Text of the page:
For years we have relied on CRM software such as Salesforce, Microsoft Dynamics or in our case SCOPE CRM for relationship management. But I believe that with the new regulations, especially the GDPR, the way we manage our relationships with CRM software is going to change. We are now obligated to share all the information we have and store and we have to delete everything when asked. With classic CRM software – which was built before the GDPR – this is an administrative hell. This is why you need a portal, and I’m going to explain you why.
Are the new laws and regulations a distraction from, or a reason to focus on our customers again?
Customer Relationship Management invented in the Netherlands?
Contrary to popular belief, Customer Relationship Management (CRM) is not an American invention. Actually, the Americans were pretty slow to enter the CRM market. The company Siebel started in 1993; in the Netherlands the first CRM supplier started in 1983. The only thing the American thing about CRM is the term CRM.
CRM principle; data pollution by default
CRM has always been about Know Your Customer. CRM is not just software, it is a business strategy. The thought behind CRM is a simple sales model: Information => Communication => Sales.
Some CRM authors go even further, and they introduced the model “Know and Recognize Your Customer.” And by Recognize, they mean you should be able to reproduce relevant customer information when you meet, or have contact with the customer. The quickest way to end any relationship is addressing someone with the wrong name every time you encounter each other.
The fact is that a person’s name, how it is spelled, the construction and that person’s unique presence in the database is one of the biggest problems in CRM. Another thing is whether or not somebody is alive. Also, shouldn’t every person be present only once in the CRM database, even when a person has multiple roles in society and various business functions? Funnily enough, a lot of CRM systems cannot handle this.
For this purpose, a whole new IT discipline was introduced, called Data Quality. The quality of data is determined by factors such as accuracy, completeness, reliability, relevance and how up–to–date it is. Data cleansing became a new phrase.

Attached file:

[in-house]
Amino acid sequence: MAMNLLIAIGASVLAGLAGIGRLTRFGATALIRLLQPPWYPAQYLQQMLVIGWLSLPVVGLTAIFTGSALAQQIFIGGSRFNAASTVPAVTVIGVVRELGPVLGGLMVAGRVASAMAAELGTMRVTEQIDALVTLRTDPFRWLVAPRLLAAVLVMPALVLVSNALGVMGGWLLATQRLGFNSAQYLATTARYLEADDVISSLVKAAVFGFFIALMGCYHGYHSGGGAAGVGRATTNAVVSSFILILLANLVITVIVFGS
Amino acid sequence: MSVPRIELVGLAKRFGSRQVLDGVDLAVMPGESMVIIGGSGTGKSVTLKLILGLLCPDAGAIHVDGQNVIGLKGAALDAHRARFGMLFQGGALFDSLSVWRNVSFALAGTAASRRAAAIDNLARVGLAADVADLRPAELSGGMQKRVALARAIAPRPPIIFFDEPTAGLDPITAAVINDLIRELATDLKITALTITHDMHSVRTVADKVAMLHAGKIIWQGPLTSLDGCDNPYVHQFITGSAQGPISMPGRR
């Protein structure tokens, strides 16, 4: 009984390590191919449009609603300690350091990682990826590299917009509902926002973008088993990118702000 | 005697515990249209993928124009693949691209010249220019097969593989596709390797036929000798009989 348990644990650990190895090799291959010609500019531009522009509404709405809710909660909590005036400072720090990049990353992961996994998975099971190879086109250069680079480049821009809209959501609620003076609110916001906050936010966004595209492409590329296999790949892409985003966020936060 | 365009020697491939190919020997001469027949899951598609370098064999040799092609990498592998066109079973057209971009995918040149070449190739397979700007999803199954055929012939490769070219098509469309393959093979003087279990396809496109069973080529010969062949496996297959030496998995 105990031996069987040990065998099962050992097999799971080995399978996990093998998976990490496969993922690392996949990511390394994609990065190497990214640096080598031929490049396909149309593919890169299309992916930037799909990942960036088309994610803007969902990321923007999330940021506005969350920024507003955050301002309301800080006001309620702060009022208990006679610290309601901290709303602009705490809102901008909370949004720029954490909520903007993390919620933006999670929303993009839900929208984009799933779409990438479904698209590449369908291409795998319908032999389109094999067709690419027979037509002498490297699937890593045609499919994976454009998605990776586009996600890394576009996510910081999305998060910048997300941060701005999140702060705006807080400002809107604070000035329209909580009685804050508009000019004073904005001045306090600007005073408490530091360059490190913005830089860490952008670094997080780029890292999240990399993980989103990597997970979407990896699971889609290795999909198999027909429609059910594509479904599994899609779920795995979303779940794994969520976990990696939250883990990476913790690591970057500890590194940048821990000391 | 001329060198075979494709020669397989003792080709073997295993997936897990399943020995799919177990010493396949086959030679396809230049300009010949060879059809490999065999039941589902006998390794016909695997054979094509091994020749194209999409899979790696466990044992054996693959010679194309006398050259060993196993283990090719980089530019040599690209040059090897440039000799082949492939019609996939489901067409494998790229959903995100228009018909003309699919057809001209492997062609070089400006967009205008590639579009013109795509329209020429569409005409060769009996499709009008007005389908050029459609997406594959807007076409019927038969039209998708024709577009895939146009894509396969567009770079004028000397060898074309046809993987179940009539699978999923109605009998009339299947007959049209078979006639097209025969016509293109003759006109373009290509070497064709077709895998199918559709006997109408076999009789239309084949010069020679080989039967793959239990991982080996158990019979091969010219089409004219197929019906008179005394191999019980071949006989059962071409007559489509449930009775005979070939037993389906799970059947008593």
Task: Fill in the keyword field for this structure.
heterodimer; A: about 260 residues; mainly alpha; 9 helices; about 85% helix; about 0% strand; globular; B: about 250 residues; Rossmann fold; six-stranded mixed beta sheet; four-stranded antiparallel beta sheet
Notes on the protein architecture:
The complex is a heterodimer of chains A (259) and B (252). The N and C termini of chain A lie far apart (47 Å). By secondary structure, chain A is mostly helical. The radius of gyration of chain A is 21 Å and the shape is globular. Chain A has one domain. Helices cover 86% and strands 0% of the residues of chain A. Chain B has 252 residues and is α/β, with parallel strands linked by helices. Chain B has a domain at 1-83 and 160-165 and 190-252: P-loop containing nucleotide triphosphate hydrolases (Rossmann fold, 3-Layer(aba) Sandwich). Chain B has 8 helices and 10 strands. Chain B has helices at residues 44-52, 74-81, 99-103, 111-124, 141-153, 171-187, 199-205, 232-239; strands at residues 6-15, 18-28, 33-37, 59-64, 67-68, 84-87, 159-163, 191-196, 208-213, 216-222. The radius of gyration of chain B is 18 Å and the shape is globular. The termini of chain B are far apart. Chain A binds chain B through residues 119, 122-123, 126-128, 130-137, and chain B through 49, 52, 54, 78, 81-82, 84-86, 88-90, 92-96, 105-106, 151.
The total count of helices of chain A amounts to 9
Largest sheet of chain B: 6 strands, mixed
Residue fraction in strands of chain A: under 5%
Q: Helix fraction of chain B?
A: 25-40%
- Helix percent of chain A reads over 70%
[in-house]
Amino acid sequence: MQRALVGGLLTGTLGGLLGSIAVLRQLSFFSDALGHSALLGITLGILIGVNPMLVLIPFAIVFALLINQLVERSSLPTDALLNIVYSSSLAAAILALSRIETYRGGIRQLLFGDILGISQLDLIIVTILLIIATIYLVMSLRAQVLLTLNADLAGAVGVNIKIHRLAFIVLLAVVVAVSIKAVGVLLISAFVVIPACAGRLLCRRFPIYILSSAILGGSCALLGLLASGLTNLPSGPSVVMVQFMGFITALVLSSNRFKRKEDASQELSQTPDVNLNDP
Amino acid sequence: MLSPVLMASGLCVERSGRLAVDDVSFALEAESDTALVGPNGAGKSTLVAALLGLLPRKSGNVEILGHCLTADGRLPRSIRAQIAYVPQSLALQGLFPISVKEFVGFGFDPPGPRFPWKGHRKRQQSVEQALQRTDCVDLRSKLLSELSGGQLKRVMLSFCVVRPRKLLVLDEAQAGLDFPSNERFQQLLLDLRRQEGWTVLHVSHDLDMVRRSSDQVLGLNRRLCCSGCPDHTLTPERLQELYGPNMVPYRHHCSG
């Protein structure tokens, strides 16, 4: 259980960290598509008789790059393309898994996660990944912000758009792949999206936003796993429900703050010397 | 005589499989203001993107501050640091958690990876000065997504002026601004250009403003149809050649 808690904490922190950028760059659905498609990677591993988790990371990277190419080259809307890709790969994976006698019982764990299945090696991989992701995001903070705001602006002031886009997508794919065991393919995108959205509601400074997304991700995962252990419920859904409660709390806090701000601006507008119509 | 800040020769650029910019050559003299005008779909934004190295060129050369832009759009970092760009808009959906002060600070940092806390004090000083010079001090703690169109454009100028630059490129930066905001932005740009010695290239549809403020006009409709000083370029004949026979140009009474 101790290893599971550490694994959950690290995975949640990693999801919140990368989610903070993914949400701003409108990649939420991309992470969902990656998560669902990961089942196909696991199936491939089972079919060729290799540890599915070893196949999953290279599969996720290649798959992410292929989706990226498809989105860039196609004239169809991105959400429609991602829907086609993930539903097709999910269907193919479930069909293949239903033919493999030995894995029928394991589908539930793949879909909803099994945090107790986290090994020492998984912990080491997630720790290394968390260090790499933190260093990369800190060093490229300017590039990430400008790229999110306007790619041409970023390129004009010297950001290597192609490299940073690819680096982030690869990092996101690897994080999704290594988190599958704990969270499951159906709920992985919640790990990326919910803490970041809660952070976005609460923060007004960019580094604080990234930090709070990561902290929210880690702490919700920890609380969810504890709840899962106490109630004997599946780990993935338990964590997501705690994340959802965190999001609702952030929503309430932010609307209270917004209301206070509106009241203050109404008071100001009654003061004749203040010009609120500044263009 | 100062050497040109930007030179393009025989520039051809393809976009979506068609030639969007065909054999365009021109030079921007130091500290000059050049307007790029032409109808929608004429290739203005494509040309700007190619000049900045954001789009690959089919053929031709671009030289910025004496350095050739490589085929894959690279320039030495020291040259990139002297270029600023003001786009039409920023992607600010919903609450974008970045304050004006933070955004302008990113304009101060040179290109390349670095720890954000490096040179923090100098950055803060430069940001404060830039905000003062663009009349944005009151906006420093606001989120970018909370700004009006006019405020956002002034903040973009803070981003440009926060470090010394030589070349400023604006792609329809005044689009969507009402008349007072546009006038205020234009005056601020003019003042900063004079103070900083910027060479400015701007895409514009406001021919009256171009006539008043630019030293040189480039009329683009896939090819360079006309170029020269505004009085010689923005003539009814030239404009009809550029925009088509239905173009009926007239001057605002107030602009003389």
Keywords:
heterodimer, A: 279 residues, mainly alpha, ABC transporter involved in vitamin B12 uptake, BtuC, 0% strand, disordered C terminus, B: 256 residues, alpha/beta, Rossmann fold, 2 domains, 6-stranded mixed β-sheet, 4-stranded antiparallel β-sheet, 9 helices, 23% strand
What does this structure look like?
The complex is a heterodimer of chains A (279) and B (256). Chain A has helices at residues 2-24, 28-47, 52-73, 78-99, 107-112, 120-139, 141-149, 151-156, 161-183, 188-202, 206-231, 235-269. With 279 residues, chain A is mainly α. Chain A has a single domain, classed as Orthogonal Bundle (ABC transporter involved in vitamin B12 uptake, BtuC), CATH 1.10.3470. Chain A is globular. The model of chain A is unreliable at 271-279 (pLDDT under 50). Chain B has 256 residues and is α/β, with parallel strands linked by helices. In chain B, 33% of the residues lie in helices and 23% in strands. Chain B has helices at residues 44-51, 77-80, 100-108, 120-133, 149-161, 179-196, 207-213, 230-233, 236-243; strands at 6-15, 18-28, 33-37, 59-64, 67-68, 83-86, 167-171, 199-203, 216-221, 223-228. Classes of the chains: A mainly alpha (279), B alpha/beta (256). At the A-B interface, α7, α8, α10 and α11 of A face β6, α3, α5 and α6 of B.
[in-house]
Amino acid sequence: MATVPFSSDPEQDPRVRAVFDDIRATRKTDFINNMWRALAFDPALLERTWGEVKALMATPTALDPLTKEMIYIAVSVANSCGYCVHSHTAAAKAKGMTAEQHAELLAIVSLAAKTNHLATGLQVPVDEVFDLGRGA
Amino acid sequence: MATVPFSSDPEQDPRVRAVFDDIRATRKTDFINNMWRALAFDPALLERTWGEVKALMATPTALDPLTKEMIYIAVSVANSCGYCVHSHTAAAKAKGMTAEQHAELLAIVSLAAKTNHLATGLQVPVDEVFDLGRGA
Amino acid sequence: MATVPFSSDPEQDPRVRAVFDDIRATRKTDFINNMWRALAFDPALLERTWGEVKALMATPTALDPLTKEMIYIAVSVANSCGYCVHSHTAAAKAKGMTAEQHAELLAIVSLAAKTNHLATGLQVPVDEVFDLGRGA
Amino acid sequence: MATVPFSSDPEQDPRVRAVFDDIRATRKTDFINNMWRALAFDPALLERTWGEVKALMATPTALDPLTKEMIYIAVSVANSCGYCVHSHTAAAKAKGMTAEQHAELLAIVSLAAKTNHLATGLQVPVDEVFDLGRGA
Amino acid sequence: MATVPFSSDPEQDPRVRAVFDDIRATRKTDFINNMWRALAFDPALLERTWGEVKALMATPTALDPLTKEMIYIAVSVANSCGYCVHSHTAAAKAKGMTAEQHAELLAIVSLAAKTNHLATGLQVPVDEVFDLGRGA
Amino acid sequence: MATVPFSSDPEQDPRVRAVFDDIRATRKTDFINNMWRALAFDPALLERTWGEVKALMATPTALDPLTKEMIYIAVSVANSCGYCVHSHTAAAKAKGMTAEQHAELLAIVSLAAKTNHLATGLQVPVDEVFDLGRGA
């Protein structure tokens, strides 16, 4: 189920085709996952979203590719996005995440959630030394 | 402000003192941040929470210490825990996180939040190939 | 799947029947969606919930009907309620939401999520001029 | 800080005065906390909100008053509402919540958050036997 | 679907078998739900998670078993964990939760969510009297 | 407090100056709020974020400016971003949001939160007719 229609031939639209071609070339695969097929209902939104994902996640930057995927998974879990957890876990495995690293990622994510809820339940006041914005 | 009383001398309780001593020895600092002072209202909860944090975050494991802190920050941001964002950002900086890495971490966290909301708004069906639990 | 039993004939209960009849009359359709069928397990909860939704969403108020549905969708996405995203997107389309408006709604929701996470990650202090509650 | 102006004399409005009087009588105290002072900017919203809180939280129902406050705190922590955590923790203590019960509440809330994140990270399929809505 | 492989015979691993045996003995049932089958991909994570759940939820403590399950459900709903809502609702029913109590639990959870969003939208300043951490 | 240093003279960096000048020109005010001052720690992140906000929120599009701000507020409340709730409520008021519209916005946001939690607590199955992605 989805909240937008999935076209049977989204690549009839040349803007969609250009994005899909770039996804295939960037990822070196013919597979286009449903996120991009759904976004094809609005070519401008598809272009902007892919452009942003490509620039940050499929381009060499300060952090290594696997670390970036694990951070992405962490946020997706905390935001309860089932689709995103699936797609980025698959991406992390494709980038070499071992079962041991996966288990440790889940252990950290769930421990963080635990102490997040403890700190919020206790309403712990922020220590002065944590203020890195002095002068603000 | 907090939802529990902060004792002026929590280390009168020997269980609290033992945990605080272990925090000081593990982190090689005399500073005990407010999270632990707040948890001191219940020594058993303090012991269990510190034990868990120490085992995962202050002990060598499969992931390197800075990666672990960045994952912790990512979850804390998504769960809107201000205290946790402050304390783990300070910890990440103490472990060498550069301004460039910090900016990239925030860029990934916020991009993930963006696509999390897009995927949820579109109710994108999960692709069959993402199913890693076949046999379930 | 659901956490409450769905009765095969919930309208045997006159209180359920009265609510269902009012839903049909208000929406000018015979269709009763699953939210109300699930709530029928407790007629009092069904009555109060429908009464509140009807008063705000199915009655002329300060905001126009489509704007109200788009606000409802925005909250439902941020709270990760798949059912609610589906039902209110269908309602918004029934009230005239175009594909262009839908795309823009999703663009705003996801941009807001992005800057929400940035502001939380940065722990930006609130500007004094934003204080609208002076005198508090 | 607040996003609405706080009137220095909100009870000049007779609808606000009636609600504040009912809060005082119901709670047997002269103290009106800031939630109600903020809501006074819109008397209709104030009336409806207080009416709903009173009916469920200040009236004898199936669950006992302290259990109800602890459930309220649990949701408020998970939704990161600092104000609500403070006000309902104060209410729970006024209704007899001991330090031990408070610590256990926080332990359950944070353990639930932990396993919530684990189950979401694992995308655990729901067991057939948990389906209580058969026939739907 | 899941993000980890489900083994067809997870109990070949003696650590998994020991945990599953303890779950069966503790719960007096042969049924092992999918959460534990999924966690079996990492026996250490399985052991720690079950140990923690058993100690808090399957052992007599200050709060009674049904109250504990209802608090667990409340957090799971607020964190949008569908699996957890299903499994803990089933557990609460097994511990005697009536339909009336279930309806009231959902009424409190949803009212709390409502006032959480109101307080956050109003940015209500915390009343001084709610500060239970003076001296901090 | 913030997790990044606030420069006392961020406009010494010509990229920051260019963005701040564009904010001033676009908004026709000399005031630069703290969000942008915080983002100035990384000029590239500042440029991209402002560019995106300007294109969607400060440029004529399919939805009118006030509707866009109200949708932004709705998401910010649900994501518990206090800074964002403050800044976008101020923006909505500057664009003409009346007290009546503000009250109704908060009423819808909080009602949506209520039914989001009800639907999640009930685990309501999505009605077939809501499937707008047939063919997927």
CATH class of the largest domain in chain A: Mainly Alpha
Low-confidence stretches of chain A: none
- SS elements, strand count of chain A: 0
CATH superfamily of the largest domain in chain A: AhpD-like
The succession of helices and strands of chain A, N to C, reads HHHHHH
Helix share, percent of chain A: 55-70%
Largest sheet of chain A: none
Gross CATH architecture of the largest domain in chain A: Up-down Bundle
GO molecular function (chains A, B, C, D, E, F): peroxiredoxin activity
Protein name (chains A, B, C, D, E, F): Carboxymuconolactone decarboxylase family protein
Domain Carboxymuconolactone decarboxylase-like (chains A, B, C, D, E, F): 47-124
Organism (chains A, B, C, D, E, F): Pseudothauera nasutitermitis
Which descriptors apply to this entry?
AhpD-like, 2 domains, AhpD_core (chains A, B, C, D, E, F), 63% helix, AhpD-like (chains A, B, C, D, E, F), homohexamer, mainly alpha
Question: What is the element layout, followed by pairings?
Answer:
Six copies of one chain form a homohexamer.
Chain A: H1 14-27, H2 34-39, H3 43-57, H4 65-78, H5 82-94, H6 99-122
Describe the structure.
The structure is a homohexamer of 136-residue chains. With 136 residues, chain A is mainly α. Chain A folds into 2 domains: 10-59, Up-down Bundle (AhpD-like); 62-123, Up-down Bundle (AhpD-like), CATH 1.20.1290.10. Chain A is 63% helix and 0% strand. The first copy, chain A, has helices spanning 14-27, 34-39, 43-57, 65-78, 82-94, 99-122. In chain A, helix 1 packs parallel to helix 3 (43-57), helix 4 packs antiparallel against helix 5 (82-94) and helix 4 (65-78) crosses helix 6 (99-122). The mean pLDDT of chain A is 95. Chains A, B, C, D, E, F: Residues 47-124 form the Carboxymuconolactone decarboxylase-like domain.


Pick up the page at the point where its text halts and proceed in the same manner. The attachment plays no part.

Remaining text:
The internet simplified some things, but users also started polluting data with amusing customer names such as Mickey Mouse, Donald Duck etc. The bigger the database, the greater the mess – this was called ‘garbage in, garbage out’.
The (potential) customer knows it all: the business card principle
The fact is that the (potential) customer has all the information the company wants. He or she knows their own name, job title, mobile phone number etc. The best source of information used to be a person’s business card. A single point of truth, as we liked to call it in 1990.
Now you might think of LinkedIn as a good source, but this is not entirely true. A lot of information on social media such as LinkedIn is unchecked and possibly untrue. You need multiple data sources to verify, for example, job information.
However, under normal conditions, the best source of information is the contact person or the household you want information about. They will share their information if there is some type of relationship with your company or an advantage to be gained.
Client portal: a better solution for contact information than a CRM database
A customer portal which also includes basic contact person and household information is a better solution than an internal CRM database.
It gets better when the customer has access to stored data and can modify their own data. This is now also European legislation (General Data Protection Regulation). The client has a right to see, correct and delete the stored data. Even better than that is when it is possible to automatically update the client’s information with data from external data sources such as the Tax Office.
The same client portal can be used to exchange all kinds of information such as documents, reports, communication history, appointments, and visit reports. The customer gets full access to all data stored in the CRM system.
From CRM to a Customer Managed Relationship
A customer managed relationship (we call this CMR) is a relationship in which a company uses a methodology, software, or internet capability to encourage the customer to set up and manage the nature and duration of the relationship he or she wants to have with the business.
In an ideal world, customers would be responsible for their own data within your database. Better yet, if clients had a personal digital vault in which they stored their personal information to be shared with suppliers instead of given. This will be the next step.
A client portal to share information in a secure cloud environment is the best solution for storing customer information. This is far better than a CRM system for internal use and a CRM database filled with polluted client information.
Some may think a combination is also possible, but there is no real advantage in replicating data and a lot of typical CRM functions such as contact management, activity management, workflows, agenda, and task and proposal management will be replaced by new types of apps. We will explain this in the next article.